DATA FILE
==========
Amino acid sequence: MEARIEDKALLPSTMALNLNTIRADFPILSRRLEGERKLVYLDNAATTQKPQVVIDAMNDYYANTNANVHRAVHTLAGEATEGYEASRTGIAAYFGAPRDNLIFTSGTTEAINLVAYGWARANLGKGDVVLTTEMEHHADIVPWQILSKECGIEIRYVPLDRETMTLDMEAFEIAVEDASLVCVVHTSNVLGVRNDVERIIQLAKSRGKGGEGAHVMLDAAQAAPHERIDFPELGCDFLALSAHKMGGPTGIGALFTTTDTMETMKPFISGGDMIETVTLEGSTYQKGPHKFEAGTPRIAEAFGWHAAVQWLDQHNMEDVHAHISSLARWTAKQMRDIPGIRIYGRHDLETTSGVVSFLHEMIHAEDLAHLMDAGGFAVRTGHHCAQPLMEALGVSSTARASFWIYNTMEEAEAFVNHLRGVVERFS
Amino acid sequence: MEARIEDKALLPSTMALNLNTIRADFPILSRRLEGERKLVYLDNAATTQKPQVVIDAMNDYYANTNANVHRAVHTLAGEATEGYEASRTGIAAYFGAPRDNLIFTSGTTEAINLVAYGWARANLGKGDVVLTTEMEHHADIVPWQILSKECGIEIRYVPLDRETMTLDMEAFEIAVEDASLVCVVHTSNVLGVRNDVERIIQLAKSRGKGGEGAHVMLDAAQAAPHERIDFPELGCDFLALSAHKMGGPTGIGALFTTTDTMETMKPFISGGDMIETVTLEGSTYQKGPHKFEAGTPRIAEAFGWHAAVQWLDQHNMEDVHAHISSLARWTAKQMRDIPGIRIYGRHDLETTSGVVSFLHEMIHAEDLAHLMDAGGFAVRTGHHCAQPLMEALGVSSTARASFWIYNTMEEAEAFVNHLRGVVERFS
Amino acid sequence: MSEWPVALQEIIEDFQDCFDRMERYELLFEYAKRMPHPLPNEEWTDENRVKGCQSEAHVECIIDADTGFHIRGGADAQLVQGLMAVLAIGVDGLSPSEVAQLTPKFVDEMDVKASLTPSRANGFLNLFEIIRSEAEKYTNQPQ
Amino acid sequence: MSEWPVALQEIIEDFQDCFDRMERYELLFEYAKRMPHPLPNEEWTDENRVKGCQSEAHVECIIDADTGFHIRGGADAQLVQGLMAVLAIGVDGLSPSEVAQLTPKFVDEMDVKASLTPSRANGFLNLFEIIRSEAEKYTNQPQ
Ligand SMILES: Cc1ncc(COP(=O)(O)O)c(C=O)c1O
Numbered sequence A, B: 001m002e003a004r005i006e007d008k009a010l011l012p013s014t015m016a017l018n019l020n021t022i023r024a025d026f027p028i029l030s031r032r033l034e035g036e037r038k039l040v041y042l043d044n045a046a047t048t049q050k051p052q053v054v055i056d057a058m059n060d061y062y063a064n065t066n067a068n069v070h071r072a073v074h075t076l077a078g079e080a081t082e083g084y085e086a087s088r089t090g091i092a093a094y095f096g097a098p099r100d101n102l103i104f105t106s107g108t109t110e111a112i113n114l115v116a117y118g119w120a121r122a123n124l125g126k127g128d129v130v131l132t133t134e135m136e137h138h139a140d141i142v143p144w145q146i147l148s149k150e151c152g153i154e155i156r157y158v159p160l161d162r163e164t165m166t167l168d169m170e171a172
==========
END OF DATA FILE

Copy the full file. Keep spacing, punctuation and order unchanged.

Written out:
Amino acid sequence: MEARIEDKALLPSTMALNLNTIRADFPILSRRLEGERKLVYLDNAATTQKPQVVIDAMNDYYANTNANVHRAVHTLAGEATEGYEASRTGIAAYFGAPRDNLIFTSGTTEAINLVAYGWARANLGKGDVVLTTEMEHHADIVPWQILSKECGIEIRYVPLDRETMTLDMEAFEIAVEDASLVCVVHTSNVLGVRNDVERIIQLAKSRGKGGEGAHVMLDAAQAAPHERIDFPELGCDFLALSAHKMGGPTGIGALFTTTDTMETMKPFISGGDMIETVTLEGSTYQKGPHKFEAGTPRIAEAFGWHAAVQWLDQHNMEDVHAHISSLARWTAKQMRDIPGIRIYGRHDLETTSGVVSFLHEMIHAEDLAHLMDAGGFAVRTGHHCAQPLMEALGVSSTARASFWIYNTMEEAEAFVNHLRGVVERFS
Amino acid sequence: MEARIEDKALLPSTMALNLNTIRADFPILSRRLEGERKLVYLDNAATTQKPQVVIDAMNDYYANTNANVHRAVHTLAGEATEGYEASRTGIAAYFGAPRDNLIFTSGTTEAINLVAYGWARANLGKGDVVLTTEMEHHADIVPWQILSKECGIEIRYVPLDRETMTLDMEAFEIAVEDASLVCVVHTSNVLGVRNDVERIIQLAKSRGKGGEGAHVMLDAAQAAPHERIDFPELGCDFLALSAHKMGGPTGIGALFTTTDTMETMKPFISGGDMIETVTLEGSTYQKGPHKFEAGTPRIAEAFGWHAAVQWLDQHNMEDVHAHISSLARWTAKQMRDIPGIRIYGRHDLETTSGVVSFLHEMIHAEDLAHLMDAGGFAVRTGHHCAQPLMEALGVSSTARASFWIYNTMEEAEAFVNHLRGVVERFS
Amino acid sequence: MSEWPVALQEIIEDFQDCFDRMERYELLFEYAKRMPHPLPNEEWTDENRVKGCQSEAHVECIIDADTGFHIRGGADAQLVQGLMAVLAIGVDGLSPSEVAQLTPKFVDEMDVKASLTPSRANGFLNLFEIIRSEAEKYTNQPQ
Amino acid sequence: MSEWPVALQEIIEDFQDCFDRMERYELLFEYAKRMPHPLPNEEWTDENRVKGCQSEAHVECIIDADTGFHIRGGADAQLVQGLMAVLAIGVDGLSPSEVAQLTPKFVDEMDVKASLTPSRANGFLNLFEIIRSEAEKYTNQPQ
Ligand SMILES: Cc1ncc(COP(=O)(O)O)c(C=O)c1O
Numbered sequence A, B: 001m002e003a004r005i006e007d008k009a010l011l012p013s014t015m016a017l018n019l020n021t022i023r024a025d026f027p028i029l030s031r032r033l034e035g036e037r038k039l040v041y042l043d044n045a046a047t048t049q050k051p052q053v054v055i056d057a058m059n060d061y062y063a064n065t066n067a068n069v070h071r072a073v074h075t076l077a078g079e080a081t082e083g084y085e086a087s088r089t090g091i092a093a094y095f096g097a098p099r100d101n102l103i104f105t106s107g108t109t110e111a112i113n114l115v116a117y118g119w120a121r122a123n124l125g126k127g128d129v130v131l132t133t134e135m136e137h138h139a140d141i142v143p144w145q146i147l148s149k150e151c152g153i154e155i156r157y158v159p160l161d162r163e164t165m166t167l168d169m170e171a172